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Savannah - ethnic or quasi Cal cuisine?

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My husband and I are considering a relocation to Savannah from Southern California, and one of our main concerns is the FOOD. We hear from friends that the South is largely about fried food and BBQ and that even in a sophisticated place like Savannah, we'll be hard pressed to find light, fresh fare or really tasty ethnic (we especially love Indian, Thai, Korean, Mexican). We'll be out there next week for a preliminary visit. Any places we should take in that might fit the bill?

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  1. wow, your friends have led you astray. First off, Savannah has more than a few places that prepare traditional Southern food with a light/healthy touch (arguably more healthy than many Asian cuisines that are full of sodium).

    My favorite example is Sweet Potatoes Kitchen. http://www.toucancafe.com/sweetPAbout... They use clarified chicken broth and herbs to season their Southern dishes instead of lard or fatback. I had the best veggie plate of my life there - vinegary collard greens, dilled lima beans, pureed sweet potatoes with orange zest, and stewed okra/tomatoes.

    Their sister restaurant, Toucan Cafe, is pretty close to your paradigmatic Cal cuisine (and as I lived in the Bay Area for five years, I know what you mean). http://www.toucancafe.com/

    New South Cafe is updated Southern cuisine using fresh, local ingredients that also does marvelous "Lowcountry seafood". Lowcountry-style seafood is better seafood than anything you can get in CA.
    http://www.thenewsouthcafe.com/

    Finally, Savannah has quite a few restaurants doing more cutting-edge cuisine like you'll find at the popular LA haunts. My favorite is:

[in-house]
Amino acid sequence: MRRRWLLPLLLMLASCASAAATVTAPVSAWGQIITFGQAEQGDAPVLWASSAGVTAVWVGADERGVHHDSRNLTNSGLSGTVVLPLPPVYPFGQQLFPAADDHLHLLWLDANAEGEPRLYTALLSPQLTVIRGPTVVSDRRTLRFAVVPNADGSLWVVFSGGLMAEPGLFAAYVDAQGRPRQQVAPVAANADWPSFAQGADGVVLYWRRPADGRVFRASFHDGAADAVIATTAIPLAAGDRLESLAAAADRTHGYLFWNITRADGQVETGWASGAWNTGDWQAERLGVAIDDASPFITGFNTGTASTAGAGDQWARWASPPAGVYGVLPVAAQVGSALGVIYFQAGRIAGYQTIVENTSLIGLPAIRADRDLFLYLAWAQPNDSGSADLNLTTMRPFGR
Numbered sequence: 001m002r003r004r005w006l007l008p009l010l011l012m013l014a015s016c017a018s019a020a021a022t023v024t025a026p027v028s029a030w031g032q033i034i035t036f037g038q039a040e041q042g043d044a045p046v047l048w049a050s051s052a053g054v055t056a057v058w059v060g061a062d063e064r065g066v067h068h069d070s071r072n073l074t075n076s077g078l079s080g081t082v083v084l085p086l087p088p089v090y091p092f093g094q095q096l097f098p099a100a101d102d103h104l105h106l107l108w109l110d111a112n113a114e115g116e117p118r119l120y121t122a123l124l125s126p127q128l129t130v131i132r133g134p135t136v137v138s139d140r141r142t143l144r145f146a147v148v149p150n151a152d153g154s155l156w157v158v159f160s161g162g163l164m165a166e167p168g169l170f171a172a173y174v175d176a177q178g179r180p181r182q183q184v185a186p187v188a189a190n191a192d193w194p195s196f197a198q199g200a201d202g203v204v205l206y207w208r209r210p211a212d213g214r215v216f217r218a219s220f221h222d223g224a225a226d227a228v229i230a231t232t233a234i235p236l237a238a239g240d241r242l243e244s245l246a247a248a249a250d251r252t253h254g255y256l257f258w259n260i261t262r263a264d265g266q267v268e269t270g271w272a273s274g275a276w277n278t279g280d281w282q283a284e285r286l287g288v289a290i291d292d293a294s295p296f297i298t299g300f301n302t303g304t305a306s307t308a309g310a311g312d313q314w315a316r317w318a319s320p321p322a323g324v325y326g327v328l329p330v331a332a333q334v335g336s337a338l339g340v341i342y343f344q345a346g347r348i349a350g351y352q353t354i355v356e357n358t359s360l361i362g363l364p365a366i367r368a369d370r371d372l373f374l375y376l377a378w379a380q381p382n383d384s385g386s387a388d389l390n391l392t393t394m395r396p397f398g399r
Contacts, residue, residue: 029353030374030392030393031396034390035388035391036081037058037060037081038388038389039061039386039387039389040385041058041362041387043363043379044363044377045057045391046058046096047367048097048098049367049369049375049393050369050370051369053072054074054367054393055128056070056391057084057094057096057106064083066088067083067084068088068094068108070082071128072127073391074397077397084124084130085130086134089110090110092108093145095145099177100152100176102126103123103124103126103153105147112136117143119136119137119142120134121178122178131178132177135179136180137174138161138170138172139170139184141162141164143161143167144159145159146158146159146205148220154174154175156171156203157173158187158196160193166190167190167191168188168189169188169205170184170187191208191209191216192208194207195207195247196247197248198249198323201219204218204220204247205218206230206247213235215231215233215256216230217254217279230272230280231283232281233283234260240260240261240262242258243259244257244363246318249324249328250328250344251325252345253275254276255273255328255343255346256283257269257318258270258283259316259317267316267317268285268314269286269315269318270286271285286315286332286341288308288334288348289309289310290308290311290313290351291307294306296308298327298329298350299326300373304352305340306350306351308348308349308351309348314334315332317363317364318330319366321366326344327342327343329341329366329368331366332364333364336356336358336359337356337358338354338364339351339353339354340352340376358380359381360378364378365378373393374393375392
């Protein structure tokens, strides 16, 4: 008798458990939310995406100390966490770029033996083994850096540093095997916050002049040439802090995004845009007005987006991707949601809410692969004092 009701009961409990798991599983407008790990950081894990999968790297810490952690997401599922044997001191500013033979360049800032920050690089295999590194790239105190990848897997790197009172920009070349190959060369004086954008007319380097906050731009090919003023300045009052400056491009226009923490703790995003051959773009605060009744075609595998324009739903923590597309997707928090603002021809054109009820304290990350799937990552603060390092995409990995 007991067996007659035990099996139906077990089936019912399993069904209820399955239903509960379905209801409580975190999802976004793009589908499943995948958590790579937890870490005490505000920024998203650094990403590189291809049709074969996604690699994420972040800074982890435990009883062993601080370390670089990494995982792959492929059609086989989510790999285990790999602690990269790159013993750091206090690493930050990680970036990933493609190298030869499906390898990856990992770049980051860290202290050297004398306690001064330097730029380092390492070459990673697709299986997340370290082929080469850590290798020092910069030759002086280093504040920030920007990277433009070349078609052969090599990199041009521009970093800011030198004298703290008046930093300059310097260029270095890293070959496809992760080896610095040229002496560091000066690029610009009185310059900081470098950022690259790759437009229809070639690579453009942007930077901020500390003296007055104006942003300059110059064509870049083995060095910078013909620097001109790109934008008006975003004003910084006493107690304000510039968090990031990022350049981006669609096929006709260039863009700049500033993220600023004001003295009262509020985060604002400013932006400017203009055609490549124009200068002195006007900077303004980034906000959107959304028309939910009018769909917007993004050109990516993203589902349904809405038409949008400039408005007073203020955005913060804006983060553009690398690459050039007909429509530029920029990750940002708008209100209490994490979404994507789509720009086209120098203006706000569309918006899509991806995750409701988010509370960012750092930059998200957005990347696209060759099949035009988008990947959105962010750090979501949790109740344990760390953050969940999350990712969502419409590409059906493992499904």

Local 11 Ten - http://www.local11ten.com/food.html

    I'm not really familiar with ethnic cuisine in Savannah since I don't vacation there to eat that sort of food. I save that for my trips to the Bay Area. I really hope you take the opportunity to try the South's non-fried creations. Arguably, it's the best and most underrated regional cuisine. In fact, there's a ton of synergisms between the "Chez Panisse" style of cooking that first defined "California" cuisine and the styles of preparations employed by Southern chefs. Alice Waters can tell you that herself.

    2 Replies
    1. re: mikeh

      Wow, Mike. I'm thrilled to read your post. We'll certainly visit each of the places you've mentioned. Thank God for hounders, I tell you. Would you happen to have stumbled on a good bakery in the area, by chance? And also, do you know about grocery stores? We're Trader Joe's/Whole Foods people. Anything comparable in Savannah?

      1. re: mikeh

        Any ideas for a hearty breakfast in Savannah before tackling the rest of a drive from Asheville to Tampa? Nothing too eclectic, just a good Southern breakfast.

      2. As far as ethnic goes, there are a few hidden gems. Madras Chettinaad http://www.madraschettinaad.com/ is great for Indian, you can find good Thai at more than one place (The King & I is the best though, on Hodgson Memorial Drive), and there are a couple of Korean and Vietnamese places. Unfortunately, Mexican is seriously lacking, and I'm sure it won't measure up to what you will find in California! Savannahians basically flock to one of two large chain restaurants, which feature greasy enchiladas and frozen margarita machines. Cheap but not good... I stick with Asian if I want quality ethnic food in Savannah

        2 Replies
        1. re: salsify

          Good news about the Asian restaurants. Thanks, salsify. Interesting about the Mexican, though I guess I shouldn't be surprised. I went to school in San Diego and of course, good Mexican was the norm. I guess I'd come to take it for granted because it really shocked me when, on a trip out to Michigan, I tried to order a quesadilla at a Taco Bell and the employees there had no idea what I was talking about! Worst case scenario, I can make my own chile verde and machaca. That's what my fellow hounders are for, to get me those recipes when I need them!

          1. re: jbeaux

            I've only spent a few days in Savannah, but there are tons of good, authentic Mexican places in the South these days. I live in North Carolina and you can practically throw a rock in any given direction and hit one. I would be really surprised if this isn't also the case in much of Georgia, which along with NC has been one of the main recipients of Hispanic migration to the South.

        2. I live here in Savannah and have to tell you, we are getting more and more really tasty restaurants. The suggestion of Local 11Ten is great - wonderful environment, great staff and eclectic menu. Also try ChaBella - great organic food! My favorite ethnic is Idian/Himalayan at Curry Corner on the southside of town. Very small but oh so worth it!